I gotta get back to the grind.. so like I said, E-mail me if you have any questions/concerns/ or would just like more info.

BTW I'm NOT a licensed outfitter or anything.. just a guy who thinks a walk in the woods is made better with a rifle in your hands.


February 2, 2000, 01:06 PM
Oh oh ... "beers after" ... could be the start of something great. The First Annual CO TFL meeting. :)

February 2, 2000, 04:51 PM
well we have been discussing a colorado get together.. and Governer's Park is also a tavern on logan and 7th.

See you guys thursday.


February 2, 2000, 06:33 PM
Governor's Park tavern? I get enough socialist crap at work, thank you!

Streets of London, now there's a pub!

Looking forward to Thursday, as much for the company as the gathering itself...

February 2, 2000, 07:46 PM
I'll be easy to spot. I'll be the one in handcuffs standing next to the cop with the bullhorn stuck up his ..... ;)

February 2, 2000, 10:23 PM
& re the query "why do you want to hunt?" ... was only curious as to motivations. "'Cause I want to." is plenty good reason.

Hunting (can)develop(s) a huge skill-set which will serve you faithfully in years to come in many aspects of your life, & not the least of which - respect for the critters.

Especially for big game, you'll spend many a day never seeing a single legal critter. But, you'll see the woods alive with the various interplay of all life - sniff, I wax whimsical .... guess it was that job in Boulder ;)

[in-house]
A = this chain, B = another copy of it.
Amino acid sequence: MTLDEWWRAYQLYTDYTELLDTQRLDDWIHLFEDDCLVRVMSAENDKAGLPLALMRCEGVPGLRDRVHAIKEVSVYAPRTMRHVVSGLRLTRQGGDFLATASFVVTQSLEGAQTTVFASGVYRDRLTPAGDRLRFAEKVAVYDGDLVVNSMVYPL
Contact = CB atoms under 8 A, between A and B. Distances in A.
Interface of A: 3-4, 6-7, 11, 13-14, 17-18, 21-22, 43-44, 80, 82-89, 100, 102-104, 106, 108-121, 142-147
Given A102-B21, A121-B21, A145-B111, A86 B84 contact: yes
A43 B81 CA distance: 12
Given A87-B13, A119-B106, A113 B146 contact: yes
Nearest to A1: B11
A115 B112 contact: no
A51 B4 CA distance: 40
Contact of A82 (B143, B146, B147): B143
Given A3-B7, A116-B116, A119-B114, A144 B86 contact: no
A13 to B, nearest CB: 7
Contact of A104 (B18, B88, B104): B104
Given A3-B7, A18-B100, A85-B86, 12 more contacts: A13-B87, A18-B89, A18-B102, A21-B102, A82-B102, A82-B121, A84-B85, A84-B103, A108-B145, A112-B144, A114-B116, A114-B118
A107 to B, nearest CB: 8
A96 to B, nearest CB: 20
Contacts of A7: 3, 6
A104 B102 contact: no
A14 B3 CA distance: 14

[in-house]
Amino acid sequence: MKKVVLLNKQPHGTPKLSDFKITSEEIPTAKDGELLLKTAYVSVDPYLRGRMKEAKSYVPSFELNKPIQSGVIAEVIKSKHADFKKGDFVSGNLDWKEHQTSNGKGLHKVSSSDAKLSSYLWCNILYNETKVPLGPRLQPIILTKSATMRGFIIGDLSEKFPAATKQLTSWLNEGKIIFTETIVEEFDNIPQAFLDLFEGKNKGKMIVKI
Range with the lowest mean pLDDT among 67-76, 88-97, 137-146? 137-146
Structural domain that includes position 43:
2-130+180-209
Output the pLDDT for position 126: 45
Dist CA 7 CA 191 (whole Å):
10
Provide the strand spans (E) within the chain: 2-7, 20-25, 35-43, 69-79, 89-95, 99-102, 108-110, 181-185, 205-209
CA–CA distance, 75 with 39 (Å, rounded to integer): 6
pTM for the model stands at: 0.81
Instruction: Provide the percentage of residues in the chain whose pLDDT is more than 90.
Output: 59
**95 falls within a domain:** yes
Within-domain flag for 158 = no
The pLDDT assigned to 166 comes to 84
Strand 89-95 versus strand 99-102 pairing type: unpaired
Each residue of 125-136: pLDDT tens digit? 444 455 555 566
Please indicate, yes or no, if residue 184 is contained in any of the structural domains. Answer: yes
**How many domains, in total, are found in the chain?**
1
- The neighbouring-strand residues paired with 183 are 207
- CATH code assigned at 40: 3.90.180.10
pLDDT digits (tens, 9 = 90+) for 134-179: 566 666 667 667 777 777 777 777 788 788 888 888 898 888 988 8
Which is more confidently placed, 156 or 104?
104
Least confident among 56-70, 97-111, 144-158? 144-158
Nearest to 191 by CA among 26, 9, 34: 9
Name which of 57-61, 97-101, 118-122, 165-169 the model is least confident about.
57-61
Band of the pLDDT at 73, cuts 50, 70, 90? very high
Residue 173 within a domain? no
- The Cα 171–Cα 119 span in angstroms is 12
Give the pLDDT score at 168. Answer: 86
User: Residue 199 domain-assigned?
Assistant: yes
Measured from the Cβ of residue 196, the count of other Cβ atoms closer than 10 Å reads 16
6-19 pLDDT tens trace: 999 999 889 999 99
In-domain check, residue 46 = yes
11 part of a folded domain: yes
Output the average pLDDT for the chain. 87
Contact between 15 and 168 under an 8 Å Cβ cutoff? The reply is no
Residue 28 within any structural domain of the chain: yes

Seriously, I wish more people would get into it & not the "tramp thru the woods w/da gun" mentality. It can be a very enlightening experience. The best of which is (can be) a good dose of humility. Average success rate for big game in CO runs about <20% in most areas.

February 3, 2000, 11:15 AM
Well I know for a fact that Scottie from Scottie's guns hangs at streets of london... not much in the way of decor but thursday is british invasion mixed my my pal james Sharpe, and they have hard cider and guinness on tap...

only reason to mention gov's park was that its RIGHT there and people unfamiliar with Denver wouldn't get stuck driving all over the Hill to find a meeting place..
I'm still open to suggestions,

See you all tonight.


February 3, 2000, 01:11 PM
Yeah, good old Scottie - smart enough to get off the island before the limeys lost their rights. He's a lifetime NRA member and wears his NRA "gentleman's jacket" on formal occasions.

See you tonight!

February 3, 2000, 01:30 PM
Go for it, Coinneach! I think dZ said it best.

You haven't mentioned whether or not you like the taste of game- if you haven't had a good venison roast or some antelope chili you might try it first, make sure you like it. If you don't, any game you get and process or have processed can be donated. I personally can't understand people who don't care for game, but I guess it takes all kinds.